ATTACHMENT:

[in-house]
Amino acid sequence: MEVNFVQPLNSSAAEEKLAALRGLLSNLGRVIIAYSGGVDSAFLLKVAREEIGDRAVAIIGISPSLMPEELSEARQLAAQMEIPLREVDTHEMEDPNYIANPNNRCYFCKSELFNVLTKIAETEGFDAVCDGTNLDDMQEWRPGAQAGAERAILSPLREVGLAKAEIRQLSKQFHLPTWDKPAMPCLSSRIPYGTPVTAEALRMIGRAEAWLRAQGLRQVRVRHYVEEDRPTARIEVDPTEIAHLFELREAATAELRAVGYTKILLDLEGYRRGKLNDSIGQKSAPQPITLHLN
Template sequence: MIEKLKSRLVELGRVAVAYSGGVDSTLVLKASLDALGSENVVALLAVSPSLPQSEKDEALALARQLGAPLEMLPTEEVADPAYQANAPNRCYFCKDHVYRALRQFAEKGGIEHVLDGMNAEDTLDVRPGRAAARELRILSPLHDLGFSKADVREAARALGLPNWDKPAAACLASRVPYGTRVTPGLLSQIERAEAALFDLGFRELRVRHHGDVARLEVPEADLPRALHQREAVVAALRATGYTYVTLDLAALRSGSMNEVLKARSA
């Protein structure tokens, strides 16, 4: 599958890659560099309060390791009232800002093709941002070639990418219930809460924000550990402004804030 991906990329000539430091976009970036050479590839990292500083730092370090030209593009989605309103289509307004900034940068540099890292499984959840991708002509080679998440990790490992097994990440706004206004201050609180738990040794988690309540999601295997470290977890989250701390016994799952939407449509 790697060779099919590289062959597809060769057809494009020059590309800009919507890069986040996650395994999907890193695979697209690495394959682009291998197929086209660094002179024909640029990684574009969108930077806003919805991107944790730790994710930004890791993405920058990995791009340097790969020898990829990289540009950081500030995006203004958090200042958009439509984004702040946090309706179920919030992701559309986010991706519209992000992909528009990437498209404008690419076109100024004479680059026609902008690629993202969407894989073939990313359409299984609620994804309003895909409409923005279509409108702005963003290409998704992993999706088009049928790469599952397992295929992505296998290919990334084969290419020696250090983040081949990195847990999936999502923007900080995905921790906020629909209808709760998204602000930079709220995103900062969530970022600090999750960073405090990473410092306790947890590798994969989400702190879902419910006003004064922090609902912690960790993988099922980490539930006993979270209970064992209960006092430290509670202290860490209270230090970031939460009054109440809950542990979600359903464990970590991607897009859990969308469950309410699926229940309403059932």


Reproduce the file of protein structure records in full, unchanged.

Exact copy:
[in-house]
Amino acid sequence: MEVNFVQPLNSSAAEEKLAALRGLLSNLGRVIIAYSGGVDSAFLLKVAREEIGDRAVAIIGISPSLMPEELSEARQLAAQMEIPLREVDTHEMEDPNYIANPNNRCYFCKSELFNVLTKIAETEGFDAVCDGTNLDDMQEWRPGAQAGAERAILSPLREVGLAKAEIRQLSKQFHLPTWDKPAMPCLSSRIPYGTPVTAEALRMIGRAEAWLRAQGLRQVRVRHYVEEDRPTARIEVDPTEIAHLFELREAATAELRAVGYTKILLDLEGYRRGKLNDSIGQKSAPQPITLHLN
Template sequence: MIEKLKSRLVELGRVAVAYSGGVDSTLVLKASLDALGSENVVALLAVSPSLPQSEKDEALALARQLGAPLEMLPTEEVADPAYQANAPNRCYFCKDHVYRALRQFAEKGGIEHVLDGMNAEDTLDVRPGRAAARELRILSPLHDLGFSKADVREAARALGLPNWDKPAAACLASRVPYGTRVTPGLLSQIERAEAALFDLGFRELRVRHHGDVARLEVPEADLPRALHQREAVVAALRATGYTYVTLDLAALRSGSMNEVLKARSA
């Protein structure tokens, strides 16, 4: 599958890659560099309060390791009232800002093709941002070639990418219930809460924000550990402004804030 991906990329000539430091976009970036050479590839990292500083730092370090030209593009989605309103289509307004900034940068540099890292499984959840991708002509080679998440990790490992097994990440706004206004201050609180738990040794988690309540999601295997470290977890989250701390016994799952939407449509 790697060779099919590289062959597809060769057809494009020059590309800009919507890069986040996650395994999907890193695979697209690495394959682009291998197929086209660094002179024909640029990684574009969108930077806003919805991107944790730790994710930004890791993405920058990995791009340097790969020898990829990289540009950081500030995006203004958090200042958009439509984004702040946090309706179920919030992701559309986010991706519209992000992909528009990437498209404008690419076109100024004479680059026609902008690629993202969407894989073939990313359409299984609620994804309003895909409409923005279509409108702005963003290409998704992993999706088009049928790469599952397992295929992505296998290919990334084969290419020696250090983040081949990195847990999936999502923007900080995905921790906020629909209808709760998204602000930079709220995103900062969530970022600090999750960073405090990473410092306790947890590798994969989400702190879902419910006003004064922090609902912690960790993988099922980490539930006993979270209970064992209960006092430290509670202290860490209270230090970031939460009054109440809950542990979600359903464990970590991607897009859990969308469950309410699926229940309403059932």